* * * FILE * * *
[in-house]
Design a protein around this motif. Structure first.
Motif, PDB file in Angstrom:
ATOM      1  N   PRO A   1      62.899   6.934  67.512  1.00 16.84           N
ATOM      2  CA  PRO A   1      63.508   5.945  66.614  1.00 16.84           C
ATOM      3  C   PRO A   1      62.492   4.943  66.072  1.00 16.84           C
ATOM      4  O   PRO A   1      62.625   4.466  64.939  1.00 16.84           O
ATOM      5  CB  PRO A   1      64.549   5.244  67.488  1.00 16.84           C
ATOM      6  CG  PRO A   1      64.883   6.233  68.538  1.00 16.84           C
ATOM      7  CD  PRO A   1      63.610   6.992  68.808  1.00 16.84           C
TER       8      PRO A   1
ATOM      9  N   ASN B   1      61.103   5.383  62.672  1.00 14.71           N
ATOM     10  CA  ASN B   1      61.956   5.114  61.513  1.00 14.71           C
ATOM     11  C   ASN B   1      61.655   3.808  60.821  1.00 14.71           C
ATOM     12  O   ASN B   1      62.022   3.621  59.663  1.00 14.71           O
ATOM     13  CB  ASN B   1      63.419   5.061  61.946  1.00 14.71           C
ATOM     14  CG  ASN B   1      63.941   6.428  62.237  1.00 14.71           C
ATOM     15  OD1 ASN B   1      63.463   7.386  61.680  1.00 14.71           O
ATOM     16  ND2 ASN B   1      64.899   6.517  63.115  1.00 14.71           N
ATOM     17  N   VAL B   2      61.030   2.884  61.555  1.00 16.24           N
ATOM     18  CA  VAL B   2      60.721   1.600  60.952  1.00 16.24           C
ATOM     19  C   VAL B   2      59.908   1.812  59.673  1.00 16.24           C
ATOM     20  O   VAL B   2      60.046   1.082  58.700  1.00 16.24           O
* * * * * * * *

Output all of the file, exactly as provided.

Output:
[in-house]
Design a protein around this motif. Structure first.
Motif, PDB file in Angstrom:
ATOM      1  N   PRO A   1      62.899   6.934  67.512  1.00 16.84           N
ATOM      2  CA  PRO A   1      63.508   5.945  66.614  1.00 16.84           C
ATOM      3  C   PRO A   1      62.492   4.943  66.072  1.00 16.84           C
ATOM      4  O   PRO A   1      62.625   4.466  64.939  1.00 16.84           O
ATOM      5  CB  PRO A   1      64.549   5.244  67.488  1.00 16.84           C
ATOM      6  CG  PRO A   1      64.883   6.233  68.538  1.00 16.84           C
ATOM      7  CD  PRO A   1      63.610   6.992  68.808  1.00 16.84           C
TER       8      PRO A   1
ATOM      9  N   ASN B   1      61.103   5.383  62.672  1.00 14.71           N
ATOM     10  CA  ASN B   1      61.956   5.114  61.513  1.00 14.71           C
ATOM     11  C   ASN B   1      61.655   3.808  60.821  1.00 14.71           C
ATOM     12  O   ASN B   1      62.022   3.621  59.663  1.00 14.71           O
ATOM     13  CB  ASN B   1      63.419   5.061  61.946  1.00 14.71           C
ATOM     14  CG  ASN B   1      63.941   6.428  62.237  1.00 14.71           C
ATOM     15  OD1 ASN B   1      63.463   7.386  61.680  1.00 14.71           O
ATOM     16  ND2 ASN B   1      64.899   6.517  63.115  1.00 14.71           N
ATOM     17  N   VAL B   2      61.030   2.884  61.555  1.00 16.24           N
ATOM     18  CA  VAL B   2      60.721   1.600  60.952  1.00 16.24           C
ATOM     19  C   VAL B   2      59.908   1.812  59.673  1.00 16.24           C
ATOM     20  O   VAL B   2      60.046   1.082  58.700  1.00 16.24           O